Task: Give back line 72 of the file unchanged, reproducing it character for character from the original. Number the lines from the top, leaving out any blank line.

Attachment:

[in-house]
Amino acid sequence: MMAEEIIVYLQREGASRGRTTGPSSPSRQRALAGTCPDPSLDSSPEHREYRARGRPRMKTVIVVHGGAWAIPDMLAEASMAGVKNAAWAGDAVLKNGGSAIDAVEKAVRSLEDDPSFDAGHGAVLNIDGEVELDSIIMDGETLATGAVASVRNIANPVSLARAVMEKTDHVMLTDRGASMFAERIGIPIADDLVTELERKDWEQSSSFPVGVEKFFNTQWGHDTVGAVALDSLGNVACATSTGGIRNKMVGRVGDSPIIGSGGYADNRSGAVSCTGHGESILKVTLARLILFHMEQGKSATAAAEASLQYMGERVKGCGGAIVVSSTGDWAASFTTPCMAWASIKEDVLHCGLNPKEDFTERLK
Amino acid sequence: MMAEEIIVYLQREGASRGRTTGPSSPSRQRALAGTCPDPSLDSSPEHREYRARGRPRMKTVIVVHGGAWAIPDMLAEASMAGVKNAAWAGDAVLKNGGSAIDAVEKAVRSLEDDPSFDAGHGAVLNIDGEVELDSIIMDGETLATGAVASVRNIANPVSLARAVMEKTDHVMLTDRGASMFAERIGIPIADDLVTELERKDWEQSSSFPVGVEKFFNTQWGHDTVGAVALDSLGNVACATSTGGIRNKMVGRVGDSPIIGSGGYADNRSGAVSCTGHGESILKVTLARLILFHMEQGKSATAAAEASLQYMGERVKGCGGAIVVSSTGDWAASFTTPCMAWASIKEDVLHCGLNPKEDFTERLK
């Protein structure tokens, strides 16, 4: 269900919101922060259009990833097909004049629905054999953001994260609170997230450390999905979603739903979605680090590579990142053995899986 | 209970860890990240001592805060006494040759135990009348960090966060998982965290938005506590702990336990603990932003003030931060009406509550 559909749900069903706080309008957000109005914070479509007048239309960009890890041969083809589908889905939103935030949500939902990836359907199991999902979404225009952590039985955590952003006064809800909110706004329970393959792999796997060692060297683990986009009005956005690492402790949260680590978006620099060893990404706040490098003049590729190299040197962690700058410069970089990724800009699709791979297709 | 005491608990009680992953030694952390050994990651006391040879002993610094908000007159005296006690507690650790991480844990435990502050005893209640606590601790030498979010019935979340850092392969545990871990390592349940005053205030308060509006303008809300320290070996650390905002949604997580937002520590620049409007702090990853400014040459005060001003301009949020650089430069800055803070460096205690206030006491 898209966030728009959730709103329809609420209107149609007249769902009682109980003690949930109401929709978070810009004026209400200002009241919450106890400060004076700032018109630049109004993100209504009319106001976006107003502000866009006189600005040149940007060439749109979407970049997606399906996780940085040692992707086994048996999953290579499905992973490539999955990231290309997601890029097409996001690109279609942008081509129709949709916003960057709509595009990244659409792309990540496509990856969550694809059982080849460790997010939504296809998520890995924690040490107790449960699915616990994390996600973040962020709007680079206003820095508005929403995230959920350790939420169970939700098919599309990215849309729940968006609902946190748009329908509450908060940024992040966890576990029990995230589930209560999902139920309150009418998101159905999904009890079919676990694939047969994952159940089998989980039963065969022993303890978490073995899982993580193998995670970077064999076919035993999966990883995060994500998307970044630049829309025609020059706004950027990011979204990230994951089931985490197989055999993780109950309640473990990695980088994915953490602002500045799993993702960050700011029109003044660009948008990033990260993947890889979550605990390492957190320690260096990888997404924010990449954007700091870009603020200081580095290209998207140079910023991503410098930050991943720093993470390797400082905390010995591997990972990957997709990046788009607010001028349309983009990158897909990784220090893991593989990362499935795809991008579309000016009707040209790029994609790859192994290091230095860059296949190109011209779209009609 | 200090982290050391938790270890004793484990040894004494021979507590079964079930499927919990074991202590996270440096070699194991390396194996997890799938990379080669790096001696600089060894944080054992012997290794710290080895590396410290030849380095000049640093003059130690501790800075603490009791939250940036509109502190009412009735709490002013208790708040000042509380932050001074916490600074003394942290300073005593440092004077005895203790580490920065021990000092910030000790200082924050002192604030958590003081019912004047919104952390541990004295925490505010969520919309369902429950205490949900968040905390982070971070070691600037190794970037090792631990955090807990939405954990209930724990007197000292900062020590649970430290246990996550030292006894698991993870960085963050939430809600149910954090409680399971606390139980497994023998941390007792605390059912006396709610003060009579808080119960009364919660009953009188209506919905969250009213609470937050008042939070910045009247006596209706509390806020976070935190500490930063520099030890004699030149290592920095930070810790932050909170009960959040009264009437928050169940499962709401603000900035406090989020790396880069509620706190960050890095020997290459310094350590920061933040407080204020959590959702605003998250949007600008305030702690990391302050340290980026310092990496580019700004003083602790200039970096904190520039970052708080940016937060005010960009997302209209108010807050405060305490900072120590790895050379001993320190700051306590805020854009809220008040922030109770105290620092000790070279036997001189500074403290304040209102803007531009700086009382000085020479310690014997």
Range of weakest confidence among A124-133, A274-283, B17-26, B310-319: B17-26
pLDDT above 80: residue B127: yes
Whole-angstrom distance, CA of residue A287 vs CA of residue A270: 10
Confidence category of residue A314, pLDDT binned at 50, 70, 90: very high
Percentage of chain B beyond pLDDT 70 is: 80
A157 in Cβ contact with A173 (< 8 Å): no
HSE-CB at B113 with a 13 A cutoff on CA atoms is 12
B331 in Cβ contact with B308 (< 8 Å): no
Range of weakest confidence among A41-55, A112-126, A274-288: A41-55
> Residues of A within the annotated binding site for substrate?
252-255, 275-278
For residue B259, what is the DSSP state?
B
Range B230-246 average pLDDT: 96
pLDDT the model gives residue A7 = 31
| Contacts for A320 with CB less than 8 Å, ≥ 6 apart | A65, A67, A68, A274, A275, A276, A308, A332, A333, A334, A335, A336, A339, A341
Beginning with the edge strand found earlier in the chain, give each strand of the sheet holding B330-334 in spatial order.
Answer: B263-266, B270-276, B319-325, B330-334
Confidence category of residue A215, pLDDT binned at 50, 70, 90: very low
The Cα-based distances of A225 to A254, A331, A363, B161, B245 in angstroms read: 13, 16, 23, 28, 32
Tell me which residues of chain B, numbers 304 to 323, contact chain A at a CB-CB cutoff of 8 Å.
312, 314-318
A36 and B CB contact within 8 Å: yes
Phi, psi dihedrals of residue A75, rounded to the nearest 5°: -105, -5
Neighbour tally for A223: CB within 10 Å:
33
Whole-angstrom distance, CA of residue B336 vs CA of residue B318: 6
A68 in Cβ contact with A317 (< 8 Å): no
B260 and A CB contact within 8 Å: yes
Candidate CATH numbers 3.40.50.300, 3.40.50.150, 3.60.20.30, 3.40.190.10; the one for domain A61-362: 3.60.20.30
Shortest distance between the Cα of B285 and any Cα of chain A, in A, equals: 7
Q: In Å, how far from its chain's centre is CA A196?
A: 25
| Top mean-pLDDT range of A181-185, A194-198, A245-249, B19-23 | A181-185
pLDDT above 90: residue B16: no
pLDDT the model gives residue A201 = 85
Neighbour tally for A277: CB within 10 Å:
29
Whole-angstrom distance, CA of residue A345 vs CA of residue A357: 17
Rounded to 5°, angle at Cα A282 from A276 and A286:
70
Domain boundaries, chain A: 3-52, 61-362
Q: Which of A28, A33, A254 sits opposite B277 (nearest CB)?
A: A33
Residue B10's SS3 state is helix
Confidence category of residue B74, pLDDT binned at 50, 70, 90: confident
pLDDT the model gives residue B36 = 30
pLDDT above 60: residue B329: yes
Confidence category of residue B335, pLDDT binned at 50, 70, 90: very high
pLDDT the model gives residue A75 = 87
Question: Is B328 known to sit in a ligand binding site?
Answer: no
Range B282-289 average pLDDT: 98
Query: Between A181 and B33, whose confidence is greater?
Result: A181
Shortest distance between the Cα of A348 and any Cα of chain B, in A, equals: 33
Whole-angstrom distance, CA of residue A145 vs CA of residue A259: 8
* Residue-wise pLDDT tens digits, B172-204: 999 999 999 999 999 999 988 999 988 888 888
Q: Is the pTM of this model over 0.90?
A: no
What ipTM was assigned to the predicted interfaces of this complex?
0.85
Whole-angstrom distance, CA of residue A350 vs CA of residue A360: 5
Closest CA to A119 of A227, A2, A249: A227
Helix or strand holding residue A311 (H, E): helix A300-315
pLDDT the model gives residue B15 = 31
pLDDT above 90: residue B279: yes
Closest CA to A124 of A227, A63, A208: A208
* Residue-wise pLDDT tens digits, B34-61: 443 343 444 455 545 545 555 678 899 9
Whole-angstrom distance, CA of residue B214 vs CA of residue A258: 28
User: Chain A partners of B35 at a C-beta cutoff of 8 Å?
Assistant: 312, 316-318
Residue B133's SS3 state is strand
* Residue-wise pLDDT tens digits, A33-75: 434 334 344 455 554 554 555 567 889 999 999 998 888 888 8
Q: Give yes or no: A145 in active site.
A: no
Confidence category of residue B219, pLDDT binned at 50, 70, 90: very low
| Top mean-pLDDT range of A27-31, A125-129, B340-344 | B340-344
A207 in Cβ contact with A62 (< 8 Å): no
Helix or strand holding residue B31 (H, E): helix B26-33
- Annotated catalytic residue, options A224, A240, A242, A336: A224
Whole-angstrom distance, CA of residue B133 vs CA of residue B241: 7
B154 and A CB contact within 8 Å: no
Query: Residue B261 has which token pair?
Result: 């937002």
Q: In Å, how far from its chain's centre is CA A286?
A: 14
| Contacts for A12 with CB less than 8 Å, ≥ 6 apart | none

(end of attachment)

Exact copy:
Closest CA to A124 of A227, A63, A208: A208